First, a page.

Wine and Food Pairings

Article Highlight: 8 Wines That Go Best With Salmon

If you're serving fish for a special dinner, you may be wondering which wines go best with salmon. While there are no longer many hard and fast rules about wine pairings, you'll find that certain bottles are… Keep reading »

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Table set with food and wine

Effectively pairing food and wine allows you to enhance your enjoyment of both. Eating certain foods while sipping on a complementary wine brings the flavors of both the food and wine alive, creating a synergy that is sure to please and excite your palate.

No Rules for Food and Wine Pairing

There really are no set rules when matching the right food to the right wine, there are merely suggestions. Intrepid culinary explorers have often hit upon a combination of food and wine that's electrifying, and they would never have stumbled across that food and wine pairing if they were following rules. So if you want to give a certain food and wine combination a try, then there's nothing saying you can't. Be brave and boldly create a combination that sounds good to you. However, it's also perfectly fine to seek guidance, consulting food and wine pairing charts or trying wine with chocolate or wine with cheese. While there are no set rules, some wines do lend themselves better to certain types of food, and other wines or foods may need center stage and are just best enjoyed on their own.

Tips for Perfect Food and Wine Pairings

In order to get on your way to becoming a food pairings master, you should remember these quick tips:

  • When you drink the wine you love, you will rarely, if ever, go wrong.
  • When in doubt, choose a simple, easy to drink wine with food.
  • Pinot Noir goes with just about every type of meal from gourmet fare to barbecue.
  • If the food is overly complicated, stick with a less complicated wine.
  • Pair bold to bold and light to light. For example, a light, herbal Sauvignon Blanc is perfect with a light summer salad or grilled fish.
  • If you're unsure of whether a red or a white wine would be best, consider a rosé instead.
  • Sweeter or richer wines are delicious with desserts - or as a dessert themselves.
  • Eat fatty meats to cut through highly tannic wines.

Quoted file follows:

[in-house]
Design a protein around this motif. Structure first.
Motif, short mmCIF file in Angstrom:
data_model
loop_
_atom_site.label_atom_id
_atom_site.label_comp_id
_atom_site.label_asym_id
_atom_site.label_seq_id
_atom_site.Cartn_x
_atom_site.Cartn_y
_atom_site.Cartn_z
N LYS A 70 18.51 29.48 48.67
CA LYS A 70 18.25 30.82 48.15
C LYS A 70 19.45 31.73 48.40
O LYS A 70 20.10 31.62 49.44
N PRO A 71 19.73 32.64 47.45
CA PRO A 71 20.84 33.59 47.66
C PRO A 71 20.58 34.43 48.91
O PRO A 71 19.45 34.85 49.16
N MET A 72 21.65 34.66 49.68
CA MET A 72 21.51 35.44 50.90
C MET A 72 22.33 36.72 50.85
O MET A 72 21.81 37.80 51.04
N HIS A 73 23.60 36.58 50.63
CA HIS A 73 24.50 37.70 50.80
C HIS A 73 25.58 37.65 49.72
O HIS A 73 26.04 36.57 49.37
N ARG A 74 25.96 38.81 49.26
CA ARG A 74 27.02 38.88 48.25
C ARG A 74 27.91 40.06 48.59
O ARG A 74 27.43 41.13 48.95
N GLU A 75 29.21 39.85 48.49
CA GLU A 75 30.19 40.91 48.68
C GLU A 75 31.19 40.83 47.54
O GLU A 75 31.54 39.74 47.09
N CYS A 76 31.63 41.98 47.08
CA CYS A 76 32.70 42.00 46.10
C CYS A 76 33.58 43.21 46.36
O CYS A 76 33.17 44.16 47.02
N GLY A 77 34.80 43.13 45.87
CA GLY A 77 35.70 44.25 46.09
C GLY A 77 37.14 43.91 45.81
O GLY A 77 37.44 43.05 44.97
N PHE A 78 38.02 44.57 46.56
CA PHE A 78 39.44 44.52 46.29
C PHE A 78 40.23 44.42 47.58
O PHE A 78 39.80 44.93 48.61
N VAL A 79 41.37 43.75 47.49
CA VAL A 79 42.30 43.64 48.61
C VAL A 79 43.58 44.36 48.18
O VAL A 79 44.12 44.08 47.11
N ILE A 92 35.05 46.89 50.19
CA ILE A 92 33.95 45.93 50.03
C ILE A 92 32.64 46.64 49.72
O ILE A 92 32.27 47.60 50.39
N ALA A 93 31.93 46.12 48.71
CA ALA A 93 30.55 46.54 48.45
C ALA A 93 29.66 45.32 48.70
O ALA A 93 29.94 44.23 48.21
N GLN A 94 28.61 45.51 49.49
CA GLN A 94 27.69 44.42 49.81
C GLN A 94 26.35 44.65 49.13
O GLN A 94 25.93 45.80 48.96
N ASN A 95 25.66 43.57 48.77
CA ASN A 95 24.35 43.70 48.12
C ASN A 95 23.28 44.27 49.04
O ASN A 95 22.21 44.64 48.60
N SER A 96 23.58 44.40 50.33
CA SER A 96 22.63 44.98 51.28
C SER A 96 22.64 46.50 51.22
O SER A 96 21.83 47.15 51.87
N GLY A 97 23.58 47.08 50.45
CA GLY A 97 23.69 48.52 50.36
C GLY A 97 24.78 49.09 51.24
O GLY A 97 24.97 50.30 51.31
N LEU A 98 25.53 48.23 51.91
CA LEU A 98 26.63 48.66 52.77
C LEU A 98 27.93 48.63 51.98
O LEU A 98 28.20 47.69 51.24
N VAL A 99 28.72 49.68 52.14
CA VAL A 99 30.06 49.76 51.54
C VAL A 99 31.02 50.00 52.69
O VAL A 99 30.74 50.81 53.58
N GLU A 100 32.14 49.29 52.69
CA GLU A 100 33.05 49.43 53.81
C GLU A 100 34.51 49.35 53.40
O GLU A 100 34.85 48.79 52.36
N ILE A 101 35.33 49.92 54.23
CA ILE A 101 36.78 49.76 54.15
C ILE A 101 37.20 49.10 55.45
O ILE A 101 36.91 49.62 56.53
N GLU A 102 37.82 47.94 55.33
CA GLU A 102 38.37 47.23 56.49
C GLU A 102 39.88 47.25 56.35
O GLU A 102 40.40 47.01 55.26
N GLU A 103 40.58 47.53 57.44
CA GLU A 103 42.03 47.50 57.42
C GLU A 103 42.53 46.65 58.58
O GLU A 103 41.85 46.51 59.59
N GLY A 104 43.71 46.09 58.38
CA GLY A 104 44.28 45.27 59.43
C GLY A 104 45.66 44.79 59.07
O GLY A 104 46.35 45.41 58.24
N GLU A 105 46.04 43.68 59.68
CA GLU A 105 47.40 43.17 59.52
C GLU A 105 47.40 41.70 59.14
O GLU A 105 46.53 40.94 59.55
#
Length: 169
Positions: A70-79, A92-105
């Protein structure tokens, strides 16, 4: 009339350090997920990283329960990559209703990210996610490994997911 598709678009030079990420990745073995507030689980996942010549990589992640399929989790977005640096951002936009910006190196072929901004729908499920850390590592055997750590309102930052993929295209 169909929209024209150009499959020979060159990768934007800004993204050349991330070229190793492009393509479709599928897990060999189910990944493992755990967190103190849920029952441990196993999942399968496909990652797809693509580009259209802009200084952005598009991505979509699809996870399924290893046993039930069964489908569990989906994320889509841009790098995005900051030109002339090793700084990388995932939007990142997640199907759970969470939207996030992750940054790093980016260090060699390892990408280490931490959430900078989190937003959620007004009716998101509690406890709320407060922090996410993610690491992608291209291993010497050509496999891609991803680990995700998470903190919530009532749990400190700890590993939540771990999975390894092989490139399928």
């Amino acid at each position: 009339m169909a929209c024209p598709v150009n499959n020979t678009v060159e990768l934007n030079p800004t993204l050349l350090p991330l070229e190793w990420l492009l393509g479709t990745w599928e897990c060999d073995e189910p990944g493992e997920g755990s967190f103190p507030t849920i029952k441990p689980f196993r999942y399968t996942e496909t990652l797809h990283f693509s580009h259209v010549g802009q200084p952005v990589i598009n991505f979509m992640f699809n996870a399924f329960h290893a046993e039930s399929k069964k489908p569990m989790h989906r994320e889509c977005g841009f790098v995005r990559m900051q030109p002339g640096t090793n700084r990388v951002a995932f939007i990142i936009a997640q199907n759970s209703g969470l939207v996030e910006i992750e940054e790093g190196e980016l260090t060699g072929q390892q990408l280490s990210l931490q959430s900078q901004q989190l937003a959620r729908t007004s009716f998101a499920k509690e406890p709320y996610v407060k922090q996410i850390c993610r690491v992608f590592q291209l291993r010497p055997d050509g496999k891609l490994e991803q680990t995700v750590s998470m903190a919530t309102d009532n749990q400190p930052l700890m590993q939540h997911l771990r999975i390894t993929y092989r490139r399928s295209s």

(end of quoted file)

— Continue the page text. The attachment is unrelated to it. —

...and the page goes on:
• Champagne and dry sparkling wines pair well with almost everything.
  • Sometimes a sweet, acidic wine such as a sweet German Riesling pairs beautifully with something spicy such as Thai food because it balances flavors.
  • Pair wines from a given country with that country's cuisine.

Some Foods Don't Pair Well With Wine

It's also important to understand that some foods simply don't pair well with wine. These are typically very flavorful foods (such as blue cheese, which will overpower almost anything it's paired with, or soy sauce, which has such strong umami flavors that it overrides any pleasure you'll get in a wine). Other foods that don't pair well with wines include artichokes, which contain a compound that makes the wines taste "off" when you drink them, and certain cruciferous vegetables, which have sulfur compounds that will overpower most wines.

Wine Pairings for Holiday Foods

Of particular interest to many wine enthusiasts is how to find the perfect wines to share with friends and family during holiday meals. Since holiday meals, such as Thanksgiving dinner, can be so varied in the foods you serve, many people struggle to find the perfect wine for the meal. Fortunately, you have many different wines you can serve for Thanksgiving, so try a suggested wine or branch out on your own. You can even try pairing different wines for each course of your holiday meal.

Perfect Pairings

Pairing wine and food is an art and an adventure. If you like to explore flavor, then try various wines with different foods and see what you like. You may just discover the perfect combination.

Wine and Food Pairings